Action Center is not the only feature from Windows Phone to come to Windows 10. Battery Saver is also present in the new build. As with Windows Phone, you can set this to be on which reduces background tasks, or you can have it set to come on automatically when the battery is at a certain percentage. Right now, the latter settings are greyed out.

Yet another Windows Phone feature which helps you keep track of data usage is Data Sense, which is also new to this build. Data Sense keeps track of all wireless network data use, and can keep cellular based connections in check by limiting how much data is available and giving the user a graphical listing of how much data is remaining, as well as which apps are consuming the most packets. Hopefully they add the ability to track wired network traffic as well.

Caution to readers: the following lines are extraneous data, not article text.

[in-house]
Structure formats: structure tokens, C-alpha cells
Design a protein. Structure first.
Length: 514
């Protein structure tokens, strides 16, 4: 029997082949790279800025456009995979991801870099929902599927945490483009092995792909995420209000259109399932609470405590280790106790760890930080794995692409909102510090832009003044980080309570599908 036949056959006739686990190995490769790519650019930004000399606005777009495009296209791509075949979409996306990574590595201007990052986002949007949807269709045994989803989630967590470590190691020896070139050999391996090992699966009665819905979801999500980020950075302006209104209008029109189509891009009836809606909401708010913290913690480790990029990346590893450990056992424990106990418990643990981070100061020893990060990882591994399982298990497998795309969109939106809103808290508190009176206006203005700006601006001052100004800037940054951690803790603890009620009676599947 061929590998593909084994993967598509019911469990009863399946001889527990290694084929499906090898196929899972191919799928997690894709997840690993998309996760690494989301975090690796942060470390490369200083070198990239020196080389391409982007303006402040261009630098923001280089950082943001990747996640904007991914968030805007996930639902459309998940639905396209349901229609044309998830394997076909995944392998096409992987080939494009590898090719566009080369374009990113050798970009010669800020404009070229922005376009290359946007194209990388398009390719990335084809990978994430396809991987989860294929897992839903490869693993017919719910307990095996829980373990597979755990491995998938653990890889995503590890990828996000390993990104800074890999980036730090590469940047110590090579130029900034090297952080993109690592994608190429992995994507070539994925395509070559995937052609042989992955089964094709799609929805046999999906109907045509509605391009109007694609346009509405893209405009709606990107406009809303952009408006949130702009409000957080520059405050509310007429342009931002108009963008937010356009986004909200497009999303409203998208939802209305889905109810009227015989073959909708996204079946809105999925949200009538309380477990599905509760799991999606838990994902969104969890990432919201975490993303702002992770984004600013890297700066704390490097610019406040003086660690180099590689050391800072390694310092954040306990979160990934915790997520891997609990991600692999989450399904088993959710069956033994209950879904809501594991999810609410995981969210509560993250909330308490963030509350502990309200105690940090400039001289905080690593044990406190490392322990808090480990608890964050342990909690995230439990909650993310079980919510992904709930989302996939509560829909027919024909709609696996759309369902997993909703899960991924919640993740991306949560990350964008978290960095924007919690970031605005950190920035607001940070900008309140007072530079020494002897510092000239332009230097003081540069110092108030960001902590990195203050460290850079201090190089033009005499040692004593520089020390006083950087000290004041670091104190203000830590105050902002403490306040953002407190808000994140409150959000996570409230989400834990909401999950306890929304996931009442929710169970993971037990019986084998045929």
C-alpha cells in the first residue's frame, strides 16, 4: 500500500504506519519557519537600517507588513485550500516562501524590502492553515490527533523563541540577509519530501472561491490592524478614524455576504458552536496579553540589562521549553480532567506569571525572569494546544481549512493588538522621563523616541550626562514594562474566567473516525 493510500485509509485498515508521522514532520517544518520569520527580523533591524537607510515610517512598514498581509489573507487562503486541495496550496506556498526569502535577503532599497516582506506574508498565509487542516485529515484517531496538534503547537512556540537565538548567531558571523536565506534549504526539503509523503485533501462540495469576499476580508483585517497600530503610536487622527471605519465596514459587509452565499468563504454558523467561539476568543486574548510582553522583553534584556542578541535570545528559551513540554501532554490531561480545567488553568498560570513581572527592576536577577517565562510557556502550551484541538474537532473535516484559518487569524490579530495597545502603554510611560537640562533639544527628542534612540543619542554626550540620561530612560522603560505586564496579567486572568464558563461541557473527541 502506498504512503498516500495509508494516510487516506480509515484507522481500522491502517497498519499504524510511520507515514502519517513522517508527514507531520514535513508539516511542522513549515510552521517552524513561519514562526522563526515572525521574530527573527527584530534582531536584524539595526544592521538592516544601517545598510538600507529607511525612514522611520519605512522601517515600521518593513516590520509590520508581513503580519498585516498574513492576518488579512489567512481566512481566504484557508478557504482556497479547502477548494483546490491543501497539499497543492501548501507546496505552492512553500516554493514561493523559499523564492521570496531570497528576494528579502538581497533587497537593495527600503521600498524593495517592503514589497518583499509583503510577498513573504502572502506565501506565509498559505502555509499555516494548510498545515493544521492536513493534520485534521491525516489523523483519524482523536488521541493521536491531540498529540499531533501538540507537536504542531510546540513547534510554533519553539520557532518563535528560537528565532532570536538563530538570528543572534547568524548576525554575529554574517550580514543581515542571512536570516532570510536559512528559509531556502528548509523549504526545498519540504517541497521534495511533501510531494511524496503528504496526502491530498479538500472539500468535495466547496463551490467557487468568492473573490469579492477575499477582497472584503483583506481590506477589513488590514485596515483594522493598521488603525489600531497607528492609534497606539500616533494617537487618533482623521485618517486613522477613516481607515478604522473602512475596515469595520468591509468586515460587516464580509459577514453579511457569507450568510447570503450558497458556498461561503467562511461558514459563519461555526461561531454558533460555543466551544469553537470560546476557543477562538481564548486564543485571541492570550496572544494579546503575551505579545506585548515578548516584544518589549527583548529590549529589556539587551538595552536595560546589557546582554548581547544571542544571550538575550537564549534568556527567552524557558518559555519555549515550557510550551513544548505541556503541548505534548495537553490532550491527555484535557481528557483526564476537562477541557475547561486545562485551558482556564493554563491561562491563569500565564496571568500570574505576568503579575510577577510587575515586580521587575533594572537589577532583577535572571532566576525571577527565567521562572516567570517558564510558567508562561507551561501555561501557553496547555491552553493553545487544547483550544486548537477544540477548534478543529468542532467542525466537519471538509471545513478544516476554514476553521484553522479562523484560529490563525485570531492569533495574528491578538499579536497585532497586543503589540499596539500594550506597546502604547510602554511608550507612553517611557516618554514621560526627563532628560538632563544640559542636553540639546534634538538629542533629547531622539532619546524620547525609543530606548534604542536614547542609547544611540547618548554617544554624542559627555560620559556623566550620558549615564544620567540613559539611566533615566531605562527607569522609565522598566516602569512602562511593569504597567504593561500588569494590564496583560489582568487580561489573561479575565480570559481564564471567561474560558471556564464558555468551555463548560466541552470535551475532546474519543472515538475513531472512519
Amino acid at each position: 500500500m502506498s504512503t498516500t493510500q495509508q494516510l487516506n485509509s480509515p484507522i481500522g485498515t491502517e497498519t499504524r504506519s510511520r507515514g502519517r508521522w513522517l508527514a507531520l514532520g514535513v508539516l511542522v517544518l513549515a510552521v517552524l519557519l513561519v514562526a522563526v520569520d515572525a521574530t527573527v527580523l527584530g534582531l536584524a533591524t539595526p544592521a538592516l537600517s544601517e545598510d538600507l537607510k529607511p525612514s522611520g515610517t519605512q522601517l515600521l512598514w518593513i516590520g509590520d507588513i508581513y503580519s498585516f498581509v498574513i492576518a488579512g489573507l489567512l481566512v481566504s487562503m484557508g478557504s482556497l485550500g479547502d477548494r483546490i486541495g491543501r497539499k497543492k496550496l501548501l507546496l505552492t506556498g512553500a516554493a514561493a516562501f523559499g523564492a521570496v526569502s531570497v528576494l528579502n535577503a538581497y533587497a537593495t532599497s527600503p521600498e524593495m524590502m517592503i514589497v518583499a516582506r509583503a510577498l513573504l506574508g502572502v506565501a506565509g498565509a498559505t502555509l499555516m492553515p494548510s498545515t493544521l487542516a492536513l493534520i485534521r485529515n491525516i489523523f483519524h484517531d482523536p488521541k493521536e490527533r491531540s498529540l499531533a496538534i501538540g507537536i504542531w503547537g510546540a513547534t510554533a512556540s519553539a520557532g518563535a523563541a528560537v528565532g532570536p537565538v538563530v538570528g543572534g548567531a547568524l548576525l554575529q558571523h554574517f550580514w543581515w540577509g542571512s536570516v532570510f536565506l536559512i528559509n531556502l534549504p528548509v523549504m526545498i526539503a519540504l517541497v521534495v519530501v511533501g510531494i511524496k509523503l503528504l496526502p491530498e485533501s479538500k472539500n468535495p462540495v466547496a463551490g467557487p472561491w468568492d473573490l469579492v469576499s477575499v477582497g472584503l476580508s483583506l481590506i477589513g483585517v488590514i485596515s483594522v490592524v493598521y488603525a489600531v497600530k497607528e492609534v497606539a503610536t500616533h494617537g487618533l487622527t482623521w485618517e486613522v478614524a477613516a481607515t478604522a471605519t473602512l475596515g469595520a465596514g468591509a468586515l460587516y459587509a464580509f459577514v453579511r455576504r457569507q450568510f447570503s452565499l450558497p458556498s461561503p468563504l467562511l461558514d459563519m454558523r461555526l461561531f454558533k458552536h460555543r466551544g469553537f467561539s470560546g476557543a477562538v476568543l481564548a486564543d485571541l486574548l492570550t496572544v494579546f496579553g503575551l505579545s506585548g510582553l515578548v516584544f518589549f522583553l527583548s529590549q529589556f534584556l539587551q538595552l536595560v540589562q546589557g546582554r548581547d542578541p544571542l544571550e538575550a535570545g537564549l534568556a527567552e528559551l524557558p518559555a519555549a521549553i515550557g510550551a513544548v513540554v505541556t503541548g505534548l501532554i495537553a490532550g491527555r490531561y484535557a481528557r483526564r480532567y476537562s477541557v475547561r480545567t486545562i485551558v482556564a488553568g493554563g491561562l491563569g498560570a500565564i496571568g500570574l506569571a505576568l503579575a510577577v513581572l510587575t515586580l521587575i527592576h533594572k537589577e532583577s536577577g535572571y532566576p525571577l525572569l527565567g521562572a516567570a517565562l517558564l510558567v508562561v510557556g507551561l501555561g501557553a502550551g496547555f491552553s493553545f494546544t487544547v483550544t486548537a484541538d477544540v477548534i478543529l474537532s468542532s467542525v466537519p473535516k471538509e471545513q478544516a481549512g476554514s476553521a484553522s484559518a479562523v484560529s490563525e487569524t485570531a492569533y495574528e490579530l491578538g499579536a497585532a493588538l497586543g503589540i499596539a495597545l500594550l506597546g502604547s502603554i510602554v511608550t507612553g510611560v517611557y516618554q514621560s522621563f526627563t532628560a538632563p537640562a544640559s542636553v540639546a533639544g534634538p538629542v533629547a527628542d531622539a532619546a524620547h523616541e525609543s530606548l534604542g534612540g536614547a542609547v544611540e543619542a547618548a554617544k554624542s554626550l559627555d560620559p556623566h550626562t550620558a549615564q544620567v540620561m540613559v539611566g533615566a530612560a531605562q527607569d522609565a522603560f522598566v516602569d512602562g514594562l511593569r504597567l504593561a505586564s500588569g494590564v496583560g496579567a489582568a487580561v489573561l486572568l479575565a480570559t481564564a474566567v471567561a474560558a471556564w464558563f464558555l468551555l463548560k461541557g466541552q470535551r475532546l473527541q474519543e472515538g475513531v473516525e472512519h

Windows 10 focuses a lot on the keyboard and mouse, so Microsoft has added many new keyboard shortcuts for those that like to keep their hands on their typing device:

  • Snapping window: WIN + LEFT or RIGHT (can be used with UP or DOWN to get into quadrants)
  • Switch to recent window: ALT + TAB (unchanged) – Hold shows new Task view window view, let go and switches to app.
  • Task view: WIN + TAB – New Task view opens up and stays open.
  • Create new virtual desktop: WIN + CTRL + D
  • Close current virtual desktop: WIN + CTRL + F4
  • Switch virtual desktop: WIN + CTRL + LEFT or RIGHT
  • Move active app to another monitor: WIN + SHIFT + LEFT or RIGHT